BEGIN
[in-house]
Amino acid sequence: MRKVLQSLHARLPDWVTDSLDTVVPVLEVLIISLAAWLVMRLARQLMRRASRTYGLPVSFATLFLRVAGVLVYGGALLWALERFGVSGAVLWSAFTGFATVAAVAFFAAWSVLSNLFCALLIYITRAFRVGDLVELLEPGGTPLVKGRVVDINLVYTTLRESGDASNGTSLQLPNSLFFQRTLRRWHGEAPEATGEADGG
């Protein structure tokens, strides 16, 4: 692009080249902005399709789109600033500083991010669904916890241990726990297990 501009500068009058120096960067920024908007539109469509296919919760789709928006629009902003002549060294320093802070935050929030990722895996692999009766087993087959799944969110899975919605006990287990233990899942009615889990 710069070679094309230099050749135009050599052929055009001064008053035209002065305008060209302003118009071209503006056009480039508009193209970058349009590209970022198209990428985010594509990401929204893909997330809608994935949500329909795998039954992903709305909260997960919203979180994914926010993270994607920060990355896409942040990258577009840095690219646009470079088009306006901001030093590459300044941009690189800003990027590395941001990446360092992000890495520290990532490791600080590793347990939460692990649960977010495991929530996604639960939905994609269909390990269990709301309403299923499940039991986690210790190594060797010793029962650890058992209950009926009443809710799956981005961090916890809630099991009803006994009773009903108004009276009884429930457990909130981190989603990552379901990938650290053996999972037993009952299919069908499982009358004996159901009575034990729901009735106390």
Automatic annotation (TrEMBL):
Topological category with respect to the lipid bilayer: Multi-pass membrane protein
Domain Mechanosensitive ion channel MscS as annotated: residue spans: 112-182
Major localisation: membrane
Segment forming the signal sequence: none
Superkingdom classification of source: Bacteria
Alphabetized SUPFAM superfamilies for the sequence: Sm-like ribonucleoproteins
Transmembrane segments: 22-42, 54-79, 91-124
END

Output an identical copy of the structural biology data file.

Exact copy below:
[in-house]
Amino acid sequence: MRKVLQSLHARLPDWVTDSLDTVVPVLEVLIISLAAWLVMRLARQLMRRASRTYGLPVSFATLFLRVAGVLVYGGALLWALERFGVSGAVLWSAFTGFATVAAVAFFAAWSVLSNLFCALLIYITRAFRVGDLVELLEPGGTPLVKGRVVDINLVYTTLRESGDASNGTSLQLPNSLFFQRTLRRWHGEAPEATGEADGG
């Protein structure tokens, strides 16, 4: 692009080249902005399709789109600033500083991010669904916890241990726990297990 501009500068009058120096960067920024908007539109469509296919919760789709928006629009902003002549060294320093802070935050929030990722895996692999009766087993087959799944969110899975919605006990287990233990899942009615889990 710069070679094309230099050749135009050599052929055009001064008053035209002065305008060209302003118009071209503006056009480039508009193209970058349009590209970022198209990428985010594509990401929204893909997330809608994935949500329909795998039954992903709305909260997960919203979180994914926010993270994607920060990355896409942040990258577009840095690219646009470079088009306006901001030093590459300044941009690189800003990027590395941001990446360092992000890495520290990532490791600080590793347990939460692990649960977010495991929530996604639960939905994609269909390990269990709301309403299923499940039991986690210790190594060797010793029962650890058992209950009926009443809710799956981005961090916890809630099991009803006994009773009903108004009276009884429930457990909130981190989603990552379901990938650290053996999972037993009952299919069908499982009358004996159901009575034990729901009735106390």
Automatic annotation (TrEMBL):
Topological category with respect to the lipid bilayer: Multi-pass membrane protein
Domain Mechanosensitive ion channel MscS as annotated: residue spans: 112-182
Major localisation: membrane
Segment forming the signal sequence: none
Superkingdom classification of source: Bacteria
Alphabetized SUPFAM superfamilies for the sequence: Sm-like ribonucleoproteins
Transmembrane segments: 22-42, 54-79, 91-124